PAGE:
He said the city must maintain the right-of-way or jeopardize federal and state funding for road projects.Hoch said the right-of-way probably pertains to the right for traffic to flow on the viaduct, but may have been vacated as to the land below the bridge.

He said it also appears impossible for Graham to screen the land below the viaduct so it can not be seen by people driving or walking across the bridge, so Graham is advised to seek a variance from the city's Board of Adjustments.“I told Mr. Johnson that we would go to the board of adjustments. I didn't know it was urgent. We're trying to do it one thing at a time,” Hoch said.

Mayor Hobbie said Graham is running out of time. He said the salvage operation will become more visible as the leaves drop this fall and vehicles will not be tolerated on the right-of-way.
He said the city is not attempting to run Graham out of business, but is trying to enforce its codes.
He referred to a ScrapMart representative's negotiations to purchase 10 acres near the Solid Waste Transfer Station for a salvage operation.

“As I recall we drug him through the mud. We wanted to make sure it was all on concrete. We made it a point to tell him it had to all be in his building. That he could not store scrap metal outdoors, even if it's fenced. He couldn't keep it in the open,” the mayor said.
Giittinger said he originally thought Graham's land was zoned I-1, which is also the zoning category placed on the ScrapMart property. Under I-1, all operations have to be indoors.Graham's property was zoned I-2, however. Giittinger said I-2 is more lenient about outdoor operations, but requires a conditional use permit.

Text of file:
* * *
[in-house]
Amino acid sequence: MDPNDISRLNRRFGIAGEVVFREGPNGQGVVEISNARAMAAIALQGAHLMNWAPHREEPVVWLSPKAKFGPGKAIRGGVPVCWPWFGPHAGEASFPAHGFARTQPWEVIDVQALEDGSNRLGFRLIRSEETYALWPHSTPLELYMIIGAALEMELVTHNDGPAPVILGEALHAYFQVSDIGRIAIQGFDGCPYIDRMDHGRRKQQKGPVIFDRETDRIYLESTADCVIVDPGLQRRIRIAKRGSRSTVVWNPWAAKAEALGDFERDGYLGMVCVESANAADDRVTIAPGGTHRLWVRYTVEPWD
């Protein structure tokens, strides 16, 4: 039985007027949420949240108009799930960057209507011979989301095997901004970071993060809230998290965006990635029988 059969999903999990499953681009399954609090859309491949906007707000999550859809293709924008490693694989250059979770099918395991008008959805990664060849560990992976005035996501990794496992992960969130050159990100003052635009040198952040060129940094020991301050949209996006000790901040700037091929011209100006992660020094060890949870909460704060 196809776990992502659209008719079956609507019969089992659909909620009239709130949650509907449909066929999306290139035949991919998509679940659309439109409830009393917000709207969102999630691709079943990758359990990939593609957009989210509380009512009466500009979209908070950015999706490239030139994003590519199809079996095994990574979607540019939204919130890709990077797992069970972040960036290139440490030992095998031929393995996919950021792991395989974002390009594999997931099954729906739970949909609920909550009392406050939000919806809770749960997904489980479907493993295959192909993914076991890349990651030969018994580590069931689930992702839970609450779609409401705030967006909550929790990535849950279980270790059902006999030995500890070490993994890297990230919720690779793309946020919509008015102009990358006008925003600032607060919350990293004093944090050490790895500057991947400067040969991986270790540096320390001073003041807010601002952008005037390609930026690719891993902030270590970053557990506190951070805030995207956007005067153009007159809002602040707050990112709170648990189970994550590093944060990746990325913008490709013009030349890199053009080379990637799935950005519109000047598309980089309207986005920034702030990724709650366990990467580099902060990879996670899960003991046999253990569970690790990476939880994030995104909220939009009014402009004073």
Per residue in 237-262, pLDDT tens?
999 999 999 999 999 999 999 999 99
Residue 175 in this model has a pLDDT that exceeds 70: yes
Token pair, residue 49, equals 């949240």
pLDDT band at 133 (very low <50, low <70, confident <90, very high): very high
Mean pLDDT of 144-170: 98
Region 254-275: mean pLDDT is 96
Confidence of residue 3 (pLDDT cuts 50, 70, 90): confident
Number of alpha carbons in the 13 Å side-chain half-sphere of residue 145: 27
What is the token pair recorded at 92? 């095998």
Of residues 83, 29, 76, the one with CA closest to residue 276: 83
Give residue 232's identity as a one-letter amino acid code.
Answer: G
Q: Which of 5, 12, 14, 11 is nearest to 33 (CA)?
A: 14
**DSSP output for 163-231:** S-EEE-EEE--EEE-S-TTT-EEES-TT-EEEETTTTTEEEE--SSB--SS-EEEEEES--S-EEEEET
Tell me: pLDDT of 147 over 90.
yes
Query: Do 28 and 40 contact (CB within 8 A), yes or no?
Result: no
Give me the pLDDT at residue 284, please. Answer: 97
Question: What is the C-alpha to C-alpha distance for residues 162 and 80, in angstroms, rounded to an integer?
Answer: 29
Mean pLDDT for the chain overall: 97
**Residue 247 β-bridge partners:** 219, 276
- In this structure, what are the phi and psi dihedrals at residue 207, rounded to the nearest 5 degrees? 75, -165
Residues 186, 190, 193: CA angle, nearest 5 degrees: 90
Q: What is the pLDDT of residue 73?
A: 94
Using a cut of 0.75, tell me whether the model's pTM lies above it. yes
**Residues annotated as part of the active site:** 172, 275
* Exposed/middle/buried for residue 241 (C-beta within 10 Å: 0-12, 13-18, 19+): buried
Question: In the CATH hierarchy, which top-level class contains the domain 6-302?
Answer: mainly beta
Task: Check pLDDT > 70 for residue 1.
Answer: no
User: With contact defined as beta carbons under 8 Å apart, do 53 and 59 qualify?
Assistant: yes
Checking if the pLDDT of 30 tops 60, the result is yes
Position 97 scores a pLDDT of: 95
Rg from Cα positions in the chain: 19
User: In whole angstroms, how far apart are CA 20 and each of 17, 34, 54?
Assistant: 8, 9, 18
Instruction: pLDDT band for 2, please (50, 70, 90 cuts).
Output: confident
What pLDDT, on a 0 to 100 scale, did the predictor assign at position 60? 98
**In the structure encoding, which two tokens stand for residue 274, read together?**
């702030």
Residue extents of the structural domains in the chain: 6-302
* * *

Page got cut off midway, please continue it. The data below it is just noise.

Giittinger said it is his fault that Graham was initially told the land was zoned industrial.“Wrongs don't make a right,” Hobbie told city planners. “Maybe we were wrong in suggesting that he go there. In hindsight, certainly we were.”He said, however, that the same rules should be applied to both Graham and ScrapMart.
“We're not even playing fair rules between the two operations,” he said. “We require ScrapMart to comply with all these regulations, but allow this to go on indefinitely without them.”

Hoch said Graham is not doing anything wrong.

“Gary bought the ground at the city's recommendation. He put his time and his treasure into it. He went through the rezoning process and then the conditional use process. No one mentioned to us that the city was claiming it was the city right- of-way,” he said.

Hoch said the planning commission approved the conditional use when the right-of-way was included on the property's legal description, but the description was removed by the time the city council council approved the zoning change.
“The city removed the right-of-way description from the ordinance, but did not tell anyone,” Hoch said.“The city can do what it wants to kick Gary off, but there will be a fight about that,” Hoch said.

“This is a strange kind of thing. What is happening is an attempt to put us out of business, by not getting a conditional use permit,” he said.

He described the property as a swamp when Graham bought it.

 He said Graham cleared trees, brought in up to 30 loads of rip-rap to stabilize the creek bed and 30 loads of gravel to prepare the property. City planners tabled the matter.

Chairman Keith Morrisson said it appears that a survey needs to be completed to identify where the fence will be built.

Graham also needs to go to the board of adjustments to see if he can obtain a variance so that he will not have to shield his property from those crossing the viaduct.